“Freedom to” is a significant contribution to our ideas of what freedom is, and has proven an important idea in enacting change by broadening participation in the political process. However, this idea of “freedom to” doesn’t feel like it covers all bases. For example, while “freedom to” allows anyone the freedom to participate in social activities, it doesn’t protect them from interference from other people. A society completely governed by “freedom to” principles would mandate everyone to vote, whereas in the UK the right not to vote is considered as important an idea as the right to vote. While that doesn’t sound too bad (heck, mandatory voting might in some ways be a step in the right direction for this country) a society governed by “freedom to” would almost certainly mean mandatory church attendance, social club attendance and other similar activities — it doesn’t take into account social pressure or interference. “Freedom to” allows you to participate in your community to your heart’s content, but doesn’t account for the possibility you might want to shut the world out for a bit and watch Netflix.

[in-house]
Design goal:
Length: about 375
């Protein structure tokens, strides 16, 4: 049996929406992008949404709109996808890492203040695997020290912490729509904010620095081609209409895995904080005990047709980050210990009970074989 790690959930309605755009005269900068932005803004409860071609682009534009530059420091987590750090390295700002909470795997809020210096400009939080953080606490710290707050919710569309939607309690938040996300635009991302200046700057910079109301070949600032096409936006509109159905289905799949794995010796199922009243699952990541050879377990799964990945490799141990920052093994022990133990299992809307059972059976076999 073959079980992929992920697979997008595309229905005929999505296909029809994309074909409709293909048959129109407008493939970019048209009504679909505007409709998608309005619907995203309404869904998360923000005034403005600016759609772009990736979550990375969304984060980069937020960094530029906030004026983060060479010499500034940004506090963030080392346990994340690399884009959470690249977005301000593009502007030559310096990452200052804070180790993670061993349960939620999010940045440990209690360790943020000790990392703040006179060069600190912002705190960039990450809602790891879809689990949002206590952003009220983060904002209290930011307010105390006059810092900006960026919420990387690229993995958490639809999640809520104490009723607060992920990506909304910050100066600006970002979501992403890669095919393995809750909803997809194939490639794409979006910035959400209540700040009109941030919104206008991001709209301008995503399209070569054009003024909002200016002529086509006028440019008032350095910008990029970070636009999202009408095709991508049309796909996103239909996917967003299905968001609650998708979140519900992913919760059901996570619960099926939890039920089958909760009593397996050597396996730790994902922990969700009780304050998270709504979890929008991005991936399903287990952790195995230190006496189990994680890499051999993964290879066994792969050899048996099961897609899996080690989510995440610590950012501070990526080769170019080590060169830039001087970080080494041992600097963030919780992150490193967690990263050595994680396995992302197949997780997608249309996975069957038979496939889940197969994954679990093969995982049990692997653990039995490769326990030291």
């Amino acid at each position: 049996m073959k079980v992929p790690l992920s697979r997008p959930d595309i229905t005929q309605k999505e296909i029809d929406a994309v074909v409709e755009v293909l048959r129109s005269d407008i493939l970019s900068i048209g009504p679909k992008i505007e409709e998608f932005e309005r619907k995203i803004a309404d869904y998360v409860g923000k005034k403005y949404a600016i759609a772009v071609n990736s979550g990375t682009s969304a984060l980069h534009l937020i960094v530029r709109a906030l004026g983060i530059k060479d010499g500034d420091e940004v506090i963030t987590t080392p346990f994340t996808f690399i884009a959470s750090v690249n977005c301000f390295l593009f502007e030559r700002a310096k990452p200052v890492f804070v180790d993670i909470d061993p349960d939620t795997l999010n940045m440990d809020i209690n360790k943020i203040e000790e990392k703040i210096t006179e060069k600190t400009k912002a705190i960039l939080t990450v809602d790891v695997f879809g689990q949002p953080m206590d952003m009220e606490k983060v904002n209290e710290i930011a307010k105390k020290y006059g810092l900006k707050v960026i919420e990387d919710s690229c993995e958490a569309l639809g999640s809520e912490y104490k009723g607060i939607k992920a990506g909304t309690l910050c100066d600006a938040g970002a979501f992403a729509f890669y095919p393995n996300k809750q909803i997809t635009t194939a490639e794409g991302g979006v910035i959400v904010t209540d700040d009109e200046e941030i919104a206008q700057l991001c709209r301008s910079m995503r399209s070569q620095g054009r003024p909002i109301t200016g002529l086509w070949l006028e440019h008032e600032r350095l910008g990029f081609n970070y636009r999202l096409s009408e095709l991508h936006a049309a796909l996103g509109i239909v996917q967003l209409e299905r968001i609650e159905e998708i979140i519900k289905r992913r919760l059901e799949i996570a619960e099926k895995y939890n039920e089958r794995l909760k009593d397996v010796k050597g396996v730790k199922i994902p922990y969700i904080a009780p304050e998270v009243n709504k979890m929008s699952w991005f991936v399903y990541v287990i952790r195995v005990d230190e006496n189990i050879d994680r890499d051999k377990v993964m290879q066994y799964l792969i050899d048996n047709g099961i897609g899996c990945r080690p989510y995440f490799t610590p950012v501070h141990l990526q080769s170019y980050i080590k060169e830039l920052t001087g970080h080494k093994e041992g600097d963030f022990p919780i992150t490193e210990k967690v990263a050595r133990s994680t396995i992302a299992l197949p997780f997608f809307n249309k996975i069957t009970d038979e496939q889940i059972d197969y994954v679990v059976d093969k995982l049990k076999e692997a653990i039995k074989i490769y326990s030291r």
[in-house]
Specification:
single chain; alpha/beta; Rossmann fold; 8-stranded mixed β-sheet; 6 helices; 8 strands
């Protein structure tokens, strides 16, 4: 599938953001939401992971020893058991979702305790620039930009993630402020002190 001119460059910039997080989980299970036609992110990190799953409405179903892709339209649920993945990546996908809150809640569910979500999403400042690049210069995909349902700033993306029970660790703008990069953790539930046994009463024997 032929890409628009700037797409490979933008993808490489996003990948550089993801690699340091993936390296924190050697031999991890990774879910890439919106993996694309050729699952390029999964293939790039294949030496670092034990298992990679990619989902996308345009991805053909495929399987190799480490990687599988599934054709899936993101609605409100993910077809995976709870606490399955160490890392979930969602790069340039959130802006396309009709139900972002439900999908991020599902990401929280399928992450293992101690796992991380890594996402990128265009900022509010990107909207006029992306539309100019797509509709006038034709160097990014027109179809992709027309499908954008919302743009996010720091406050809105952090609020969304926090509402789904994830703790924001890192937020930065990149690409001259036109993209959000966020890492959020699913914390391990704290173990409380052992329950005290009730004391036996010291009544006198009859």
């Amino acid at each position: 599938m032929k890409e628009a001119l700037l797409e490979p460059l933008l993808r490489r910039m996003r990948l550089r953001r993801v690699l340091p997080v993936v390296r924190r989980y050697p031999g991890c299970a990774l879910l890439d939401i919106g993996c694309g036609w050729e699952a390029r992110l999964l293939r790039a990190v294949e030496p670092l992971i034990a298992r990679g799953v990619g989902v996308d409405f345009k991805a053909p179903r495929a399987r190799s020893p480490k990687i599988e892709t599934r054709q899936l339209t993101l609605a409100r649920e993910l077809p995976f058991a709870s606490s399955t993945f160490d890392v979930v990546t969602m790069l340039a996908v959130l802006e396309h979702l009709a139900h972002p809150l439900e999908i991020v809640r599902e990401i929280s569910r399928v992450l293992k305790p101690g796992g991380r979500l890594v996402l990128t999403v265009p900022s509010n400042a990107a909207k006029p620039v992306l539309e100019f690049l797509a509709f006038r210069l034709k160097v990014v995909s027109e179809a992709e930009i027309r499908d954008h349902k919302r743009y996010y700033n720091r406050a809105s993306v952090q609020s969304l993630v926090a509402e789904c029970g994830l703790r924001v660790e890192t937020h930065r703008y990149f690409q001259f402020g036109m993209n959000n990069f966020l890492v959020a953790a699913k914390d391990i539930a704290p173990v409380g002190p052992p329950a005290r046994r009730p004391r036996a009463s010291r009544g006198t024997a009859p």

So both “freedom from” and “freedom to” don’t quite encompass what it really means to be free. So what is it really like to be free? What is real freedom?